Roepke said people had tried to contact the Pleasanton Ditch representatives this past weekend. He asked for them to make sure ISC staff had their contact information.
Jeff Boyd, meeting participant, said he heard Roepke say the area has a water shortage of 30,000 acre-feet. "We're looking at 14,000 acre-feet a year, with the evaporation we're down to about 10,000 acre-feet, so then why are we looking at this drop in the bucket at considerable cost? And can you share the draft of the appraisal?" he asked Riley.
"It is still in progress, and we don't have a narrative," Riley said. "Reclamation is doing our part as quickly as we can, then it is up to the ISC whether they are ready to release it."
Todd Schulke of the Center for Biological Diversity said he had two technical questions. "Did you have similar Consumptive Use and Forbearance Agreement issues with the Mangas site as you originally had with the Mogollon Creek site? The potential diversion, storage and conveyance considerations don't match the proposals. How are you choosing to analyze what you are doing? Catron County said it wants no water now, but maybe later."
Riley said Catron County is not in the study at present. A number of diversion points are being studied on the way to the Mangas. "If we find other tributaries where there may be storage potential, the information will be in the report. We will make no recommendation."
Schulke asked if Reclamation would look at the Deming proposal of horizontal wells.
"It would be vertical wells to take into the Mangas project," Riley said. "Any additional water would be gravity-flow. Even infiltration galleries are gravity-fed, but I have doubts whether they are cost-effective."
"We are people who live in the community," an audience member said. "We are concerned that our way of life and culture will be wrested from us by big ag or big government. Who is speaking for us, the environment, and the uncertain future of global warming? How are you looking at the priorities of conserving water and using as little water as possible? Tell us how you are going to help us maintain our lives here."
The audience of about 100 people, many of whom have in the past and at the meeting, expressed concerns about diversion and storage, erupted in applause.
Another questioner said she had gone to the Forest Service office in the Mimbres, where she was told water could not be guaranteed for wilderness hikers. "I live along Duck Creek, which used to be two to three feet deep all year, now it's gone underground by May. What guarantee is there that there will be snowpack. How can you guarantee water there in five to 10 years?"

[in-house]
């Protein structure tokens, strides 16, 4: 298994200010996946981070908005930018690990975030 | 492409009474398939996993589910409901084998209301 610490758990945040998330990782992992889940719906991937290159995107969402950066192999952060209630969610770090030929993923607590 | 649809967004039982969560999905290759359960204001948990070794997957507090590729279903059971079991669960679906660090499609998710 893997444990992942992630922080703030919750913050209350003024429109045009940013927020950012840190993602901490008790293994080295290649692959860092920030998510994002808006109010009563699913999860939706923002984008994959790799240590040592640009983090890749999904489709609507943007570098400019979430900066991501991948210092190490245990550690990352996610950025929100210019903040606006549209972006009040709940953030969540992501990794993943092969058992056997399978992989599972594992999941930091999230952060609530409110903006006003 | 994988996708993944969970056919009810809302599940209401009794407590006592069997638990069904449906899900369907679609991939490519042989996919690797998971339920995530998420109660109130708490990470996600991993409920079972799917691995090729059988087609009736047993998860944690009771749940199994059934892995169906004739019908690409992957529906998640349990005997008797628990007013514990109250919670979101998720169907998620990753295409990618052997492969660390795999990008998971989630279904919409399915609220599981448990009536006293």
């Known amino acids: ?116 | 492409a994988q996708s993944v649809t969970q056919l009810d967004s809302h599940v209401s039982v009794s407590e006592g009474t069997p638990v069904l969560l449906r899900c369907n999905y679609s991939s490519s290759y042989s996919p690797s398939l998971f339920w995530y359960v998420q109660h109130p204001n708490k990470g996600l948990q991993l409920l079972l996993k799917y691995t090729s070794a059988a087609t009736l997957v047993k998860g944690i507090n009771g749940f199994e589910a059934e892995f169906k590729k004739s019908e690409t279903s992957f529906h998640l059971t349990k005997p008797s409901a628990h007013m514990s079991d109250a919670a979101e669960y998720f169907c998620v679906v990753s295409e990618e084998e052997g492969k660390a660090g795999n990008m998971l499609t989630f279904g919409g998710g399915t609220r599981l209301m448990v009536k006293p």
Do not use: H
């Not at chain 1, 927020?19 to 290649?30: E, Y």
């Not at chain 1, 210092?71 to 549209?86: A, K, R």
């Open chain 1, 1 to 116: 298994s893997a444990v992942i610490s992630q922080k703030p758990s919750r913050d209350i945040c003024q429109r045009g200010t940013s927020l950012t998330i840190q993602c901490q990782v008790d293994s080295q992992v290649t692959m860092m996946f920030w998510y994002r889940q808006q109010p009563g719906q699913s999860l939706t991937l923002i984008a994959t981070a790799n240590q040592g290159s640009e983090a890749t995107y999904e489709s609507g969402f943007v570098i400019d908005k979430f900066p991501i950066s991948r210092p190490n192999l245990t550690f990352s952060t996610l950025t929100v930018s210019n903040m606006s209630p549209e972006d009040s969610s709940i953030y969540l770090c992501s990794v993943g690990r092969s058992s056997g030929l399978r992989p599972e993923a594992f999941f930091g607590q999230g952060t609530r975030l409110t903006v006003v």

Mary Burton Riseley, Gila Valley resident, asked if, in the cost benefit issues, if lawsuits are being included.
Reece said they are not part of the appraisal analyses. Evans said endangered species could shut any project down.
Starr Belsky, Silver City small-business owner, said that, as a former regulator, she understands working with models, but "are you so constrained to include short-, medium- and long-term issues before you consider approving a project. Can the models not include the costs?"
"We're following internal guidance," Reece said. "New information and regulations are coming down the pike. We can acknowledge addressing them."
Belsky said she would post on the comment section of nnawsa.org. She asked if the potential for lawsuits and the short-term life of any project because of climate change were being considered.
Evans said they were all factored in with the NEPA process—U.S. Fish and Wildlife Service, Freedom of Information Act, decisions and lawsuits.
Walter "Ski" Szymanski, Silver City resident, said Mr. Roepke had mentioned that New Mexico was over-allocated for water. "Will New Mexico pay up front for exchange costs if there is not enough water in the Colorado? We build a pipeline, but there's no water to purchase, will the costs provide for Arizona senior water users?"
"What happens if it is so dry on the Colorado River that Arizona has no water?" Roepke repeated. "New Mexico has the senior priority on water in the Central Arizona Project. New Mexico could make a call on that water. It is less than 1 percent of the CAP water, but it is something we worked hard to protect."
A commenter said with the paucity of water, why is the Tyrone pipeline not being considered to Deming, so no big mistake is made.
The next article will feature a presentation by hydrologist Deborah Hathaway of S.S. Papadopolus and Associates, consultants creating model to compare water flows with and without CUFA withdrawals.